HELLP syndrome: What you need to know

HELLP syndrome is a type of extreme preeclampsia. Preeclampsia is a complication of pregnancy characterized by elevated blood pressure.

According to an older study from 2009, HELLP syndrome occurs in 0.5–0.9 per cent of all pregnancies and in 10–20 percent of women with serious preeclampsia.

This usually happens during the final 3 months of pregnancy, or shortly after birth. Symptoms include nausea and vomiting, stomach pain and headache.

In both the pregnant woman and the baby, untreated HELLP syndrome may easily become life-threatening. However the condition is rarely fatal with treatment.

In this post, we list the HELLP syndrome signs and symptoms and describe the risk factors, complications and treatment options in detail.

What is it?

A pregnant woman feeling headache
A person with HELLP syndrome may experience fatigue, headache, and changes in vision.

HELLP syndrome is a result of a uncommon, life-threatening pregnancy. It’s causing blood, liver and blood pressure issues.

In 1982 Dr. Louis Weinstein named the disorder on the basis of the problems it causes. The name signifies:

  • H — hemolysis, which is the breakdown of red blood cells
  • EL — elevated liver enzymes
  • LP — low platelet count

HELLP syndrome usually develops during or shortly after the later stages of pregnancy.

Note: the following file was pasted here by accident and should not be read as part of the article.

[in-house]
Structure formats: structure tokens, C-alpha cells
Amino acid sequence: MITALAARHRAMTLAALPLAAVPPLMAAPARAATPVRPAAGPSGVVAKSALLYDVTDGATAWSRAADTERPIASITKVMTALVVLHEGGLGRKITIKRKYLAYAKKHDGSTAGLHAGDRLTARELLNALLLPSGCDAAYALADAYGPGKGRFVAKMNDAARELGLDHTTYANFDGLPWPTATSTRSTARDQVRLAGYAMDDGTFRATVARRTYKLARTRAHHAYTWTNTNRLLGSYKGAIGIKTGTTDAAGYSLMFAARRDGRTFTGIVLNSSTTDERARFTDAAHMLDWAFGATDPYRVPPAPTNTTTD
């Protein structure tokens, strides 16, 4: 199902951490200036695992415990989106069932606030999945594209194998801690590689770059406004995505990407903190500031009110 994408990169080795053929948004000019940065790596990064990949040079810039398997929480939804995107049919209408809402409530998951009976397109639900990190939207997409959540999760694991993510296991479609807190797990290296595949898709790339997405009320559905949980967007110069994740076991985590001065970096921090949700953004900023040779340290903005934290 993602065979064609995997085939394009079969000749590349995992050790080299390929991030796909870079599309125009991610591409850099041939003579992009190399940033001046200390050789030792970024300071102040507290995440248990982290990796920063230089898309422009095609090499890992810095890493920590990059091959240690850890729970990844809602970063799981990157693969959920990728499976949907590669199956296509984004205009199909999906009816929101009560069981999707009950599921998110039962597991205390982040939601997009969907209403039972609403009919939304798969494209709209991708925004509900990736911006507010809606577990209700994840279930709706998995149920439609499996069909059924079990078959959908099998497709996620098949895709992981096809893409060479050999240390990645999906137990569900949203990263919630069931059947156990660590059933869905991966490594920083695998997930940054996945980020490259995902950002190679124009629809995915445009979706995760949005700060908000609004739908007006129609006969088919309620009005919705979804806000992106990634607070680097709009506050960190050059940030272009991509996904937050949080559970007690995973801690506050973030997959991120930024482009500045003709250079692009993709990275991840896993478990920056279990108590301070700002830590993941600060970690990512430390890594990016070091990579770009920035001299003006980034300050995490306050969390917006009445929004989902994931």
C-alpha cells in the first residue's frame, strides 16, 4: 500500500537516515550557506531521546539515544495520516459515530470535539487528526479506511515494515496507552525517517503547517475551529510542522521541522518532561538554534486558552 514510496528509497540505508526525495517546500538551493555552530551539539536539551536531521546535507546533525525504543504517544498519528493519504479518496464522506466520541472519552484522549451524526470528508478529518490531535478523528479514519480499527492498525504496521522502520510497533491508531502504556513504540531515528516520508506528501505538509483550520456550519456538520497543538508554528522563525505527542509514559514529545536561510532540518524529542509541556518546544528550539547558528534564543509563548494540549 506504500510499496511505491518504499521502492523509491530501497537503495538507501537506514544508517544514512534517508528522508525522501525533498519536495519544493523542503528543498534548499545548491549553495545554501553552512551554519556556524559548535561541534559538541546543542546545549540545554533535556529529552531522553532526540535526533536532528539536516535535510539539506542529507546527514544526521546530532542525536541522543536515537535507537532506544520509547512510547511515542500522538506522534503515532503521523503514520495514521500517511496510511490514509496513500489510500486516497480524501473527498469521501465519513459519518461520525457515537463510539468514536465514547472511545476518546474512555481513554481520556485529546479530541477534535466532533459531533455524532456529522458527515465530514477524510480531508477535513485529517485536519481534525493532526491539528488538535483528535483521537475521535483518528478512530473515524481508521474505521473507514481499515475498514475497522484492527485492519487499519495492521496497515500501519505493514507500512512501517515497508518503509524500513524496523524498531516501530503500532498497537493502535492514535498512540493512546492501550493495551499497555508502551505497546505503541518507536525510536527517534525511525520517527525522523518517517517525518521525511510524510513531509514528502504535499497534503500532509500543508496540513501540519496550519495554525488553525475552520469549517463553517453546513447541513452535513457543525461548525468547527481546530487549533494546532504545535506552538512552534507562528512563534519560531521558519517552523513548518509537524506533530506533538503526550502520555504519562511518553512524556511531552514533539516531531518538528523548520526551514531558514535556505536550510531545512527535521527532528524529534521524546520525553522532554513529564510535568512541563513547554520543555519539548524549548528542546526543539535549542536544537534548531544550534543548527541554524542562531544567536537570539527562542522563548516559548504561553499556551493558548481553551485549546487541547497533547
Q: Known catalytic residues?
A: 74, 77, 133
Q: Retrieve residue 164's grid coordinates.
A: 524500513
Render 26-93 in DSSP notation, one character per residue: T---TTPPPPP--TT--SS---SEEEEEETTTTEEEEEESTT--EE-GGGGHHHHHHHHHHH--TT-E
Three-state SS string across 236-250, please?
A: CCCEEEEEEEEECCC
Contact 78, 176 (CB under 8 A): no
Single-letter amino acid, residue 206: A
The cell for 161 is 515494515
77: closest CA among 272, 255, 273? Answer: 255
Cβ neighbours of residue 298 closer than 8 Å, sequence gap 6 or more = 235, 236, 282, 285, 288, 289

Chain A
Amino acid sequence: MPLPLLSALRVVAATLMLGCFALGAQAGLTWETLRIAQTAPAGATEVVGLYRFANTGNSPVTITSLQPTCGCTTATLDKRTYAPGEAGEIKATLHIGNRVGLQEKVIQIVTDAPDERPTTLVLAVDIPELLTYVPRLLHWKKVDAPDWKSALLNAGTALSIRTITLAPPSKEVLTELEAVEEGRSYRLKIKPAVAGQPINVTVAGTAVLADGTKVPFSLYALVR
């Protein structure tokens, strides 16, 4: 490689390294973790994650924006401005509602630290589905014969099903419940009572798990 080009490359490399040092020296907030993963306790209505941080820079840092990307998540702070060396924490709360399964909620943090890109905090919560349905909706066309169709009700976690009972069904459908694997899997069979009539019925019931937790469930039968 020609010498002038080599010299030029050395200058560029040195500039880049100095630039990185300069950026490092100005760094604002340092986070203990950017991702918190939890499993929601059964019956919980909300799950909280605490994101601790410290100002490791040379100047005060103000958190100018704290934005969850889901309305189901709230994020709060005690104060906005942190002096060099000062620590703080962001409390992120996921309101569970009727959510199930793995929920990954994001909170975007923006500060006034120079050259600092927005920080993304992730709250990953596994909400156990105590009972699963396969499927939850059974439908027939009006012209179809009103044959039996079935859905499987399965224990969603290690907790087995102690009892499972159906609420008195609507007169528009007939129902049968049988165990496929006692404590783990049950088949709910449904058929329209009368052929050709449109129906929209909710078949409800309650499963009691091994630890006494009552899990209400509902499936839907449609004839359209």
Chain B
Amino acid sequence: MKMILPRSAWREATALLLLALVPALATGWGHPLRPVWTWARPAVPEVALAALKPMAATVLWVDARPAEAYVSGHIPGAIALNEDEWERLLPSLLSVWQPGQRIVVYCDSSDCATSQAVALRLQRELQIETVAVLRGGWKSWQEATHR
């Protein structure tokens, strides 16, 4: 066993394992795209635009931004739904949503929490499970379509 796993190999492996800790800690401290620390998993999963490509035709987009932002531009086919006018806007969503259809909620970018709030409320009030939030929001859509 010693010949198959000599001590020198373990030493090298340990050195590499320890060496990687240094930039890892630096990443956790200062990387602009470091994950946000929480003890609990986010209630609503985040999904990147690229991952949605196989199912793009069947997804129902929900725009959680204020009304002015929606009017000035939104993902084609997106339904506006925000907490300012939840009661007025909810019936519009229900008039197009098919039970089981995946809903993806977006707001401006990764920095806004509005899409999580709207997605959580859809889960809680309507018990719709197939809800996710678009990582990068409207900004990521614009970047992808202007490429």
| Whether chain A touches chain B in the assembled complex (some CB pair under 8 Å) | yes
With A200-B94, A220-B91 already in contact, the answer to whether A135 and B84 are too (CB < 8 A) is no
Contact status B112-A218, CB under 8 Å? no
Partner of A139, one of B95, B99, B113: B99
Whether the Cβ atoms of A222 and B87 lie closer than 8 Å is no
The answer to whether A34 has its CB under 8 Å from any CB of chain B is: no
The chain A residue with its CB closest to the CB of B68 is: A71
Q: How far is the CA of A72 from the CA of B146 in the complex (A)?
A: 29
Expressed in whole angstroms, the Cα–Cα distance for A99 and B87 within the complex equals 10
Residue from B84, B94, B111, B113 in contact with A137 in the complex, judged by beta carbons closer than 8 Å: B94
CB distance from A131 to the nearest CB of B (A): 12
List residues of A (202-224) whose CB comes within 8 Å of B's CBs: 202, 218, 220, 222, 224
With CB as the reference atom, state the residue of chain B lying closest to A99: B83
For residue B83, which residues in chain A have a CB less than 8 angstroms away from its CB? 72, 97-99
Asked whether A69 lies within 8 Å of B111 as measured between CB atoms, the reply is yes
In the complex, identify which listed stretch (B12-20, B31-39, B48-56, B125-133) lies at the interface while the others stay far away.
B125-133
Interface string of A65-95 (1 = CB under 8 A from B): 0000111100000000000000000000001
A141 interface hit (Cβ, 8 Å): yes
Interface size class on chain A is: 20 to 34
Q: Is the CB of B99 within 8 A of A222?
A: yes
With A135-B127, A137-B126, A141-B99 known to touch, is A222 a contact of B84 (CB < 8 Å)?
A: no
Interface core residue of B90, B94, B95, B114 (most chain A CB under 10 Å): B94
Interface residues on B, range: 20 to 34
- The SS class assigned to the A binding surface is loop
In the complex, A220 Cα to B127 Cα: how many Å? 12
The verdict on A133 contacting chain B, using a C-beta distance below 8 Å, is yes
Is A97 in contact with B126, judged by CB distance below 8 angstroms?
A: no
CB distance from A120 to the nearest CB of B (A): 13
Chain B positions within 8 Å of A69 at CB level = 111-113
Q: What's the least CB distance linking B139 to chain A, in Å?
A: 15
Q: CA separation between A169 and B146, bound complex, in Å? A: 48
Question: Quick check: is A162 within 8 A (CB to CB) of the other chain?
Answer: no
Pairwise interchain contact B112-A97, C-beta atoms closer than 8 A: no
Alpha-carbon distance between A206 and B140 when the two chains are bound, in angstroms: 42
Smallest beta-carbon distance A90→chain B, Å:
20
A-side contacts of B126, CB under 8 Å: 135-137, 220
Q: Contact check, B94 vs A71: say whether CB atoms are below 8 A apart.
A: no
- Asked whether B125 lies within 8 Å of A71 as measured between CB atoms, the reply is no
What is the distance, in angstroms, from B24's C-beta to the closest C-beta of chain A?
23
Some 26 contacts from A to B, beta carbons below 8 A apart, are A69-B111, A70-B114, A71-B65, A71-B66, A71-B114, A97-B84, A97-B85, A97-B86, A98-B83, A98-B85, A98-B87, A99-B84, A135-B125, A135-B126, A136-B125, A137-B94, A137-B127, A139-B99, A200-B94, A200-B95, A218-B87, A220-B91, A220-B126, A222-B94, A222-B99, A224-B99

Approximately 70 percent of cases develop prior to delivery, typically between weeks 27 and 37 of pregnancy, according to older studies. The remaining cases happen within 48 hours of delivery.

Diagnosing HELLP syndrome can be difficult for physicians, since the signs mimic those of many other disorders.

The syndrome may cause both the pregnant woman and the developing fetus to have complications. This can be fatal without treatment.

HELLP syndrome vs. preeclampsia

HELLP syndrome and preeclampsia are related. Preeclampsia is another complication of pregnancy which often leads to high blood pressure and organ damage, especially to the liver and kidneys.

Usually Preeclampsia occurs after 20 weeks of pregnancy. As with the HELLP syndrome, if left untreated, preeclampsia can cause life-threatening complications.

Some doctors think HELLP syndrome is a severe type of preeclampsia.


HELLP symptoms may be close to those of many other conditions like preeclampsia.

Symptoms include:

  • changes in vision
  • fatigue
  • headache
  • indigestion
  • malaise
  • nausea and vomiting
  • pain when breathing deeply